i'm writing and posting this from boston, a city that i love very much despite the brief amount of time i've spent here. even before i first visited in 2012 the city always called to me. once i arrived it was love at first sight.
april 14, 2013 i was having a lovely sunday. i worked and was running home from the store enjoying the fresh spring weather. just after two miles i took a fateful misstep and fell. i was training for the highly anticipated inaugural nike women's 1/2 marathon in dc and instead i got crushing news and crutches. it was an end to one dream and a beginning to a nightmare: 13 weeks of crutches and frustration and painful growing pains.
the next morning i woke up still feeling devastated when i did my morning routine of checking email and news (and ok, yes, facebook and instagram) and my heart dropped as i saw the headlines and photos. there are probably a handful of moments that you will remember every detail for the rest of your life; my mom still remembers being in her first grade classroom when she found out about JFK, we can all somberly recall where we were when 9/11 happened - moments where the events are so shocking they can't be real and so the world stops while details imprinted in your memory forever. everything changes.
the boston bombing hit every runner in the heart. i've mentioned how running is my one true love and someone was attacking my love! it was heartbreaking and confusing. i was on the opposite side of the country and didn't even know anyone there at the time, but i still had an acutely emotional reaction. the Boston Marathon is the ultimate marathon for runners and holds such a special place within the community. and the city, the city that captured my heart just a year before, was now bleeding. there really aren't words.
i know that with the anniversary being tomorrow and the race happening again soon there are countless reports and articles and tributes and the like as people try to find the words that are never never sufficient. those directly affected are still healing and all that we all can do is just keep moving forward. one foot in front of the other, one mile at a time.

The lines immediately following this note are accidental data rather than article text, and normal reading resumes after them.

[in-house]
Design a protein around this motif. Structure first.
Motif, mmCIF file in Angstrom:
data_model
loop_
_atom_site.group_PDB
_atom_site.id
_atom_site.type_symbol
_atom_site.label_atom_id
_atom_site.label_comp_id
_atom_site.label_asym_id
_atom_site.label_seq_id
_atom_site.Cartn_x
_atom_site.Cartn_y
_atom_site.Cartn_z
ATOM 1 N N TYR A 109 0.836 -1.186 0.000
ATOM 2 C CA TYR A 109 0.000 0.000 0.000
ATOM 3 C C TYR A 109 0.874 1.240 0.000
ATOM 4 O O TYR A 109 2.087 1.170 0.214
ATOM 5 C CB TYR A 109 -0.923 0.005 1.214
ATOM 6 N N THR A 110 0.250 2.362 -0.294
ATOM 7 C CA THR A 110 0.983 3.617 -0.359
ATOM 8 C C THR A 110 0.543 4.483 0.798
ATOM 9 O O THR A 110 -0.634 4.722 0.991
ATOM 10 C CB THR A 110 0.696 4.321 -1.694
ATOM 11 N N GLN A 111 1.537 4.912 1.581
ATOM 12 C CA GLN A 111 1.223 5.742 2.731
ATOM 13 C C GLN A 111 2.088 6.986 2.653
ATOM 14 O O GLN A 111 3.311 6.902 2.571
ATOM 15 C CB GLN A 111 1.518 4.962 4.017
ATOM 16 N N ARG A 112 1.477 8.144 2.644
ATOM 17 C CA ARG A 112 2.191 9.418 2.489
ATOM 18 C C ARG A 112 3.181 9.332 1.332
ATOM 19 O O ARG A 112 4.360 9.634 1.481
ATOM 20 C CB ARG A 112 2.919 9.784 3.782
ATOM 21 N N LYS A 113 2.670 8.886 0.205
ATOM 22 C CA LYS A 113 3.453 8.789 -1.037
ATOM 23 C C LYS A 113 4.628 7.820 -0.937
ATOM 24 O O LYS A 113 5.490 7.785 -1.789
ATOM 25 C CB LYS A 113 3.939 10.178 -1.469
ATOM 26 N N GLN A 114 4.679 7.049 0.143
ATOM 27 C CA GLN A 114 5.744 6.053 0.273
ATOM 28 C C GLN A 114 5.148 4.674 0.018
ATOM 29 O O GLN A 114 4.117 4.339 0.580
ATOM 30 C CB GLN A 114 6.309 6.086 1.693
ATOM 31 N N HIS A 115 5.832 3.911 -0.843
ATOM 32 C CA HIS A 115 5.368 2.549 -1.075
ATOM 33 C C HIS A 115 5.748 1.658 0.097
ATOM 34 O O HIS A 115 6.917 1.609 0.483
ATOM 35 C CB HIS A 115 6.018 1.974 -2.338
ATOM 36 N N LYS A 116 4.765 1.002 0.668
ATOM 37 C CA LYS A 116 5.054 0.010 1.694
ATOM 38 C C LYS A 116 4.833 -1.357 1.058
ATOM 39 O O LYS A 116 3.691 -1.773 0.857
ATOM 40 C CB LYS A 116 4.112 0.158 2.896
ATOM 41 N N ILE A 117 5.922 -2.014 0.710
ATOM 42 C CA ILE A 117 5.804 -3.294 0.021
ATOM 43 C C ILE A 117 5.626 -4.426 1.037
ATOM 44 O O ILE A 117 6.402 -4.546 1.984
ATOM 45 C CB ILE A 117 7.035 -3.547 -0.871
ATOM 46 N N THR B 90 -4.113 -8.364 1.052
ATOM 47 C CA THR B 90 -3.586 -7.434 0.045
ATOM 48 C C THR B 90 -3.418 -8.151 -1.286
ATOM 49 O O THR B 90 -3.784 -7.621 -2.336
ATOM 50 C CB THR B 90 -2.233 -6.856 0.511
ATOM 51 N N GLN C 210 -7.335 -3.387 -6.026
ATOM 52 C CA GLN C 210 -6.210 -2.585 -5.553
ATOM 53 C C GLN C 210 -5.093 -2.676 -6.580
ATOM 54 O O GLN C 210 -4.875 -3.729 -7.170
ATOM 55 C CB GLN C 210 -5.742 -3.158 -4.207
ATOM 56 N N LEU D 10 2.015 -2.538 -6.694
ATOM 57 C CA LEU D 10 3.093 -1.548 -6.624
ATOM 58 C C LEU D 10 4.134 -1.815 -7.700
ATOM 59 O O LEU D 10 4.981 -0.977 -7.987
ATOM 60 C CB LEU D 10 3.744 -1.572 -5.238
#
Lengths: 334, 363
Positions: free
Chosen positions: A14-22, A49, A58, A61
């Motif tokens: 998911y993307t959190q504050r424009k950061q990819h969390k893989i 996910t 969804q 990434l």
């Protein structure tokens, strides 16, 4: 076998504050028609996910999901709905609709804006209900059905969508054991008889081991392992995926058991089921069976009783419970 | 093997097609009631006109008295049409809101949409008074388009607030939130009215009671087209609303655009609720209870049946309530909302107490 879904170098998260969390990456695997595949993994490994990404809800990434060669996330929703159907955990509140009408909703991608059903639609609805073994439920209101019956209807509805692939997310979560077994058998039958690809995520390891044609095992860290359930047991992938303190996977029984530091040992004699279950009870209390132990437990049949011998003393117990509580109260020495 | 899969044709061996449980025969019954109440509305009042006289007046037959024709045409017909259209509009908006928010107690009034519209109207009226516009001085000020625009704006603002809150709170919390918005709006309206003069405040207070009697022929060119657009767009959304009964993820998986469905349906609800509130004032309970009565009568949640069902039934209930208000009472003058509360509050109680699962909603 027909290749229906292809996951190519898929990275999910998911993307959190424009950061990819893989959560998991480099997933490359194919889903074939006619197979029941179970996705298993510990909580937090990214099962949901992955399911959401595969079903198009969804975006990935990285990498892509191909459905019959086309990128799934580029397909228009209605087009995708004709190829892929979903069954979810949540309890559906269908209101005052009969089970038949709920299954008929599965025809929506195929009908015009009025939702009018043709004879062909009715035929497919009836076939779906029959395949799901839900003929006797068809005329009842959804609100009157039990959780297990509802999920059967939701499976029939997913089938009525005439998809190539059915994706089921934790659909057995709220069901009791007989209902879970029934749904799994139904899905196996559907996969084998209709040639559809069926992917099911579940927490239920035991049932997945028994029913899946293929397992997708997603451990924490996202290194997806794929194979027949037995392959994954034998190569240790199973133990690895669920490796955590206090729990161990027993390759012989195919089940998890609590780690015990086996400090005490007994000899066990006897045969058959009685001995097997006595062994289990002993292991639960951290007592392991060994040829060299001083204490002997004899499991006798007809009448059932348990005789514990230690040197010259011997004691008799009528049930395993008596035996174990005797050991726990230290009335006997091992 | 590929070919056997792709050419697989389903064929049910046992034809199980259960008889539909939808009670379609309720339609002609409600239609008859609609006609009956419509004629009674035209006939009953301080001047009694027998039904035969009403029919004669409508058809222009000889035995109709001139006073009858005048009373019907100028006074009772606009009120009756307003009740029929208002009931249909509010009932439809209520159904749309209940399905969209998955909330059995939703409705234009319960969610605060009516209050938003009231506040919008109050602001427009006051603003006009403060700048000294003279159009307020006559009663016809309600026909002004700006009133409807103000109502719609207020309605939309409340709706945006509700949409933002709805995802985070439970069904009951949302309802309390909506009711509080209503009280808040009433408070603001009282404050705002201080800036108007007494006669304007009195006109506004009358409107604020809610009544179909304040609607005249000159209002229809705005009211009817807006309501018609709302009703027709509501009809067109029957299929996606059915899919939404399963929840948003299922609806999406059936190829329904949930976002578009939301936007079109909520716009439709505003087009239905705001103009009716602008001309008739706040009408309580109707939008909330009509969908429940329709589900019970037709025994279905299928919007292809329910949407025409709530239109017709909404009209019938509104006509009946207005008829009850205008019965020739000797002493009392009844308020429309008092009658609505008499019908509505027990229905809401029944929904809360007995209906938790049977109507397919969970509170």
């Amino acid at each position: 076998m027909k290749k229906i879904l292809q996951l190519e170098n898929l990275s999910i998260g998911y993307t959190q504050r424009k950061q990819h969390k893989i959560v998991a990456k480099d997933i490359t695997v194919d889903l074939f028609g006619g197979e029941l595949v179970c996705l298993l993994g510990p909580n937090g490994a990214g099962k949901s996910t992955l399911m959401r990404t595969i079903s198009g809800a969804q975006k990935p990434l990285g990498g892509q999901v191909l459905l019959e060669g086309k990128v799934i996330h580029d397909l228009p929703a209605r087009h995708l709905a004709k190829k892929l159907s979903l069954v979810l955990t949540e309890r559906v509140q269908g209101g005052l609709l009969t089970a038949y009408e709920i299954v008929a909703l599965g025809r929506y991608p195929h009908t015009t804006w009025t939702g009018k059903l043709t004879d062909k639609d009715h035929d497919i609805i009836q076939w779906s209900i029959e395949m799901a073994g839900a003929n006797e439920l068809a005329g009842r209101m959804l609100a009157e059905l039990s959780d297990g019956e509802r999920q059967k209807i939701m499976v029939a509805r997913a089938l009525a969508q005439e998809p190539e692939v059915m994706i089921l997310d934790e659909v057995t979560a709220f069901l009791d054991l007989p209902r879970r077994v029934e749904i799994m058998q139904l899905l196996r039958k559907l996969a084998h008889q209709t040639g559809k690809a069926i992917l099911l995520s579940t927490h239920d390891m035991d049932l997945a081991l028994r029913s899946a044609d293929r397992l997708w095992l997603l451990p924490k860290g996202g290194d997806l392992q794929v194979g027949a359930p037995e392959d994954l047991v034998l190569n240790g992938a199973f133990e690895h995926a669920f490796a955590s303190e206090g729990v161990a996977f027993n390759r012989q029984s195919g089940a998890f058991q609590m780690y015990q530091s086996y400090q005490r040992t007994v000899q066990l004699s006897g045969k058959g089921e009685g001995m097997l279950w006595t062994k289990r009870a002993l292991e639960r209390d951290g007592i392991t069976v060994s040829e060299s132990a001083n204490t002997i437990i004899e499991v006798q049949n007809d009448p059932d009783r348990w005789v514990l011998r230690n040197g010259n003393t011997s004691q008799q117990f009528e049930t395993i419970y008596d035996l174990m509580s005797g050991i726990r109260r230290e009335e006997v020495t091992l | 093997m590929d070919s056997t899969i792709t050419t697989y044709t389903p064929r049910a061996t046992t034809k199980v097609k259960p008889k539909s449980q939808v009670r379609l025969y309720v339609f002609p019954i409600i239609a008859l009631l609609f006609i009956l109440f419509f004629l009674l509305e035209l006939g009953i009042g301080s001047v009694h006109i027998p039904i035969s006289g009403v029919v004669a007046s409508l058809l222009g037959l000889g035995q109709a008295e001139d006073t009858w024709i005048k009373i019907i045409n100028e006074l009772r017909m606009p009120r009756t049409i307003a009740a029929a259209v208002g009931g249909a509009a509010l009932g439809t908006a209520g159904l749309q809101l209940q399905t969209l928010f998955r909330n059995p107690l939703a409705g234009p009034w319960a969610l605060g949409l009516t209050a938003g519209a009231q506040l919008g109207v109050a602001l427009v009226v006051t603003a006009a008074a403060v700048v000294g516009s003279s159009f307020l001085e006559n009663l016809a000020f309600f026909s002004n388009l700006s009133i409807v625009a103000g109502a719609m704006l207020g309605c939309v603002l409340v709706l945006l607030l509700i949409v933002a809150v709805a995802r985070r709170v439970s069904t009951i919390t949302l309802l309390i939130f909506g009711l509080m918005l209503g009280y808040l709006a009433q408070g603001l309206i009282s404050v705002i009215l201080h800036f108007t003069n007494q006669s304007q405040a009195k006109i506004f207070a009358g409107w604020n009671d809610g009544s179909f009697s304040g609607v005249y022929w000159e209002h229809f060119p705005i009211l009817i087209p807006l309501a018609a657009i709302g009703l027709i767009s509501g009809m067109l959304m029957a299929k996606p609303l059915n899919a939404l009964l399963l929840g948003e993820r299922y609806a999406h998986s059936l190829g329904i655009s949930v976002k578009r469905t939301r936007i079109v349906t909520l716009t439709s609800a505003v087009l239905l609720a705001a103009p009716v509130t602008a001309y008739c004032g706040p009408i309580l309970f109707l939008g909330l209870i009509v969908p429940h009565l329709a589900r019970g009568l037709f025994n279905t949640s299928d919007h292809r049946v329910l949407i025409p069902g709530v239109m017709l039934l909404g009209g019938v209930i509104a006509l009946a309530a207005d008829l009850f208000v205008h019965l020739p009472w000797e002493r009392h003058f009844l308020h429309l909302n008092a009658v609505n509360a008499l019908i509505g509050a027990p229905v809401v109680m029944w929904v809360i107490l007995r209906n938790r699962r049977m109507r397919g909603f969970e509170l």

in the days and weeks after i loved how people, and runners, banded together to support each other and the city of boston. Boston Strong. Run For Boston. The One Fund. there are photos that show the chaotic destruction and outpouring of humanity of people rushing to aid victims. As everyone's favorite neighbor, Mr. Rogers, said "“When I was a boy and I would see scary things in the news, my mother would say to me, 'Look for the helpers. You will always find people who are helping.'” that's the beauty from the pain: hope and humanity still manage to shine through.
last fall i got a new coworker who grew up in the boston area. on his first day i had briefly overheard how he was from boston and later found out he actually ran it. he worked at marathon sports which is right at the finish line and became the emergency triage after the bombs exploded. even though we eventually became friends in addition to colleagues i never felt like i could ask him about that day. i don't feel like it's my place to pry and make him relive it just so i can try, and inevitably fail, to understand what it was like. i wasn't there so i'll never know. i have gotten bits and pieces as he voluntarily shared stories from time to time, especially as there's more attention in the weeks leading up to the race. he's running it again, and i know at least two other people running this year. i can't even imagine how bittersweet this year's event will be. for him, the survivors, residents, and all participants. this is going to be such a huge and memorable event..but it leaves me wondering if it should be? one of the biggest points i've gotten from my coworker is that the people who were there just want to move on. as this video shows, this year's race should be a celebration. so many runners dream of crossing that finish line, myself included. the tragedy of last year shouldn't take away from the joys of finishing and triumphing this year. we need to keep moving forward and looking to the future while appreciating the present. aren't we all better, stronger, wiser (hopefully). with that in mind i've been thinking about my own personal journey and struggles over the past year. that is in no way to say what i've dealt with compares to the pain and horrors the survivors of 2013 boston have, but that we can all learn a little about overcoming and moving on.